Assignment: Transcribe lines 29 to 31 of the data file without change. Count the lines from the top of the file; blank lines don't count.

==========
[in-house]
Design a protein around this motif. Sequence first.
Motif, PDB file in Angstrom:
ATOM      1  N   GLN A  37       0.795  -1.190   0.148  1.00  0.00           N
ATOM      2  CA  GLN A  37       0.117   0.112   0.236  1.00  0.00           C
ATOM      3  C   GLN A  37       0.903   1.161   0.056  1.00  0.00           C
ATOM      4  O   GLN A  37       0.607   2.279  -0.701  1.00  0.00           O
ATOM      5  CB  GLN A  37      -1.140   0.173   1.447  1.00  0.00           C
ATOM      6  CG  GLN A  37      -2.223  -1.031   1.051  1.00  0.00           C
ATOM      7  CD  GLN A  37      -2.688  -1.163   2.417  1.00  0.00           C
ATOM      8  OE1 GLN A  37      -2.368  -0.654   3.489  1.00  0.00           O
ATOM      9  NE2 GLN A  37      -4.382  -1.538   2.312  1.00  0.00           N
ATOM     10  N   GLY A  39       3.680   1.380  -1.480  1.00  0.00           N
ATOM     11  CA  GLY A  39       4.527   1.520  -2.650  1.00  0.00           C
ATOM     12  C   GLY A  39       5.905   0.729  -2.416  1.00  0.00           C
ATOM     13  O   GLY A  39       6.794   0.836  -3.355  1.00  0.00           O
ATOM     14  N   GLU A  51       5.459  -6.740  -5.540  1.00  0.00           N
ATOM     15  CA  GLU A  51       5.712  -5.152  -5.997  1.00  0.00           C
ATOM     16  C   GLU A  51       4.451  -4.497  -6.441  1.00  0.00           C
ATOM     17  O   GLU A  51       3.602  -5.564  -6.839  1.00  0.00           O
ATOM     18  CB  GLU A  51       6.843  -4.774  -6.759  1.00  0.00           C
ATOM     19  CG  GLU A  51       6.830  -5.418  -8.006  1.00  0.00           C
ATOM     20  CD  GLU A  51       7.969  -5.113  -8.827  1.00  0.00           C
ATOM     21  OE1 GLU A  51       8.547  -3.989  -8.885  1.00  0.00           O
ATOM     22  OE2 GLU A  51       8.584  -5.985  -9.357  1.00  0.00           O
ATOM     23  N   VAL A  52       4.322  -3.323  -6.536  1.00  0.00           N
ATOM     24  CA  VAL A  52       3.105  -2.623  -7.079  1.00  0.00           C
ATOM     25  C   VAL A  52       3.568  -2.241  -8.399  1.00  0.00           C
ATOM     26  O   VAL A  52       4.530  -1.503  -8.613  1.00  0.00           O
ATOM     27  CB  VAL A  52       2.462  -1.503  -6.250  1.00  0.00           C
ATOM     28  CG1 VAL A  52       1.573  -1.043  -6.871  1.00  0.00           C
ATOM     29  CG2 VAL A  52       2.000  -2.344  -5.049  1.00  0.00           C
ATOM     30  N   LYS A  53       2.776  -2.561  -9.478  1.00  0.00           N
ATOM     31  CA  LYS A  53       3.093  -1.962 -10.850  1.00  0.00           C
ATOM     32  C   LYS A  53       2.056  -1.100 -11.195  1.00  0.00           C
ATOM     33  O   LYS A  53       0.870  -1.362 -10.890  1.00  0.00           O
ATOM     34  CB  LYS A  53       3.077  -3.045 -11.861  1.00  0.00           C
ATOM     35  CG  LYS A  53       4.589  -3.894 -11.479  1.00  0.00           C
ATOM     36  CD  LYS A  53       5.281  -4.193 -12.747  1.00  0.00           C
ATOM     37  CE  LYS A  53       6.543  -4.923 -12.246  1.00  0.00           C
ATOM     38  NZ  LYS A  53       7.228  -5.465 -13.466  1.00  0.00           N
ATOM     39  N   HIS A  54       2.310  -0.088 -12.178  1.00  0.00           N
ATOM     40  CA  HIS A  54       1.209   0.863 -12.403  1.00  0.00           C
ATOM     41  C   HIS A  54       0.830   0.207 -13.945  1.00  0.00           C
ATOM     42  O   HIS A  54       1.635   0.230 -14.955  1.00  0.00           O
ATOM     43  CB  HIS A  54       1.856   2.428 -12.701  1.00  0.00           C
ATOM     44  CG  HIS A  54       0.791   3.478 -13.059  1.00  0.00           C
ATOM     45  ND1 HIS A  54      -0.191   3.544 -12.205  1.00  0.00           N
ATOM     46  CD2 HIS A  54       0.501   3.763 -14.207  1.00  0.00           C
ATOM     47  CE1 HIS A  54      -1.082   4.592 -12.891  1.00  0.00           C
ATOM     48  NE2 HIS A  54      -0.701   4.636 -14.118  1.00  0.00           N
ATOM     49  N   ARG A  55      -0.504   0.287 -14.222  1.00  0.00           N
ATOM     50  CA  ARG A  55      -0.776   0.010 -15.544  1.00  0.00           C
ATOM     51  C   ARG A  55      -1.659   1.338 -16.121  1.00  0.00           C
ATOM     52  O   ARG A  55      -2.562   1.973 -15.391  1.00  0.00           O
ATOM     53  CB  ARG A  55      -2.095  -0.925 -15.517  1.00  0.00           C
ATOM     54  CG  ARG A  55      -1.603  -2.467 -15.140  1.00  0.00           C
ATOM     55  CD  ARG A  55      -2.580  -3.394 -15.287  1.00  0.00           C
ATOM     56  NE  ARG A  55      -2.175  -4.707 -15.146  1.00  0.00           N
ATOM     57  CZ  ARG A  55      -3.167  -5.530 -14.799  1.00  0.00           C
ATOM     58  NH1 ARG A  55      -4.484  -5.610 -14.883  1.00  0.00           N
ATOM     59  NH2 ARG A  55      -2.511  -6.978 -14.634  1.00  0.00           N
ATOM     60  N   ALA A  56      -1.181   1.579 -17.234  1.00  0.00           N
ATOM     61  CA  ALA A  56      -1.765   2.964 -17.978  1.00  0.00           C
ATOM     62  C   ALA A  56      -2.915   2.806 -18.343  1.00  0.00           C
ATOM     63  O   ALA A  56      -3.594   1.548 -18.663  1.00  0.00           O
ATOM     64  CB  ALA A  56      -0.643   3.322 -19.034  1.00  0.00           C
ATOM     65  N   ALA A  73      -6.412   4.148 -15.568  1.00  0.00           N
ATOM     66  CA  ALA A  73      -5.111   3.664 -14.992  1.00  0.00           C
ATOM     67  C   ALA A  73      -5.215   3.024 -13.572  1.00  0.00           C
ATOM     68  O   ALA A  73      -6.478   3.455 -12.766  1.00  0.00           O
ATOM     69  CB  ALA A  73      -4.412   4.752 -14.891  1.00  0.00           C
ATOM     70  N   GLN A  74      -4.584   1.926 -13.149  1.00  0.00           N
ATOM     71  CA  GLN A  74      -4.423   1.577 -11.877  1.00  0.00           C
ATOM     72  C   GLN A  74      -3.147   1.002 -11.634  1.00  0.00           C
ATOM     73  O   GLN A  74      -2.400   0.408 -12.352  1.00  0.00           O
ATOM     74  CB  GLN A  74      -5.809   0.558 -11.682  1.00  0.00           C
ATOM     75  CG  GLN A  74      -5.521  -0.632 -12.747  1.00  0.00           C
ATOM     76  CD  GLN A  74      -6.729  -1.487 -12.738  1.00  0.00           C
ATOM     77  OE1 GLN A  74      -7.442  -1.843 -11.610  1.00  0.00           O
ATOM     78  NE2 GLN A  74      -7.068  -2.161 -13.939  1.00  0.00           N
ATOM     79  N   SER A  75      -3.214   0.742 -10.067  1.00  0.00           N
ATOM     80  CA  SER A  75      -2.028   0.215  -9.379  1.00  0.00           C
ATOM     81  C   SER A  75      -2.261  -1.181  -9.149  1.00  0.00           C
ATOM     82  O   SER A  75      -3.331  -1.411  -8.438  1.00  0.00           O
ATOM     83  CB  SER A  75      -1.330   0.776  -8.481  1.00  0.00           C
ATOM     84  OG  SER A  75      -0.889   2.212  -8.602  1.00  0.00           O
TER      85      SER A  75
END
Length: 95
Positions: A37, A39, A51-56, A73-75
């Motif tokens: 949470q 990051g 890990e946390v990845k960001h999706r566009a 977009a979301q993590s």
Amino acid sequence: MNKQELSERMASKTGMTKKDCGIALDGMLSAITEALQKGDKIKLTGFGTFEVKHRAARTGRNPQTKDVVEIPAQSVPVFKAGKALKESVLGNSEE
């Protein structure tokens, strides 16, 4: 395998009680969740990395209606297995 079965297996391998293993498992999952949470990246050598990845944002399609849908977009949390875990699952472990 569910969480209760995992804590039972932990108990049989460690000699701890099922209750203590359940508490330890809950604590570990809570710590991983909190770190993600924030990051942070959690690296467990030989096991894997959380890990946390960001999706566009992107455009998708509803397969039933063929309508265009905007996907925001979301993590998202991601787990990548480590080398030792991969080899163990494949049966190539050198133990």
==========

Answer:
ATOM     26  O   VAL A  52       4.530  -1.503  -8.613  1.00  0.00           O
ATOM     27  CB  VAL A  52       2.462  -1.503  -6.250  1.00  0.00           C
ATOM     28  CG1 VAL A  52       1.573  -1.043  -6.871  1.00  0.00           C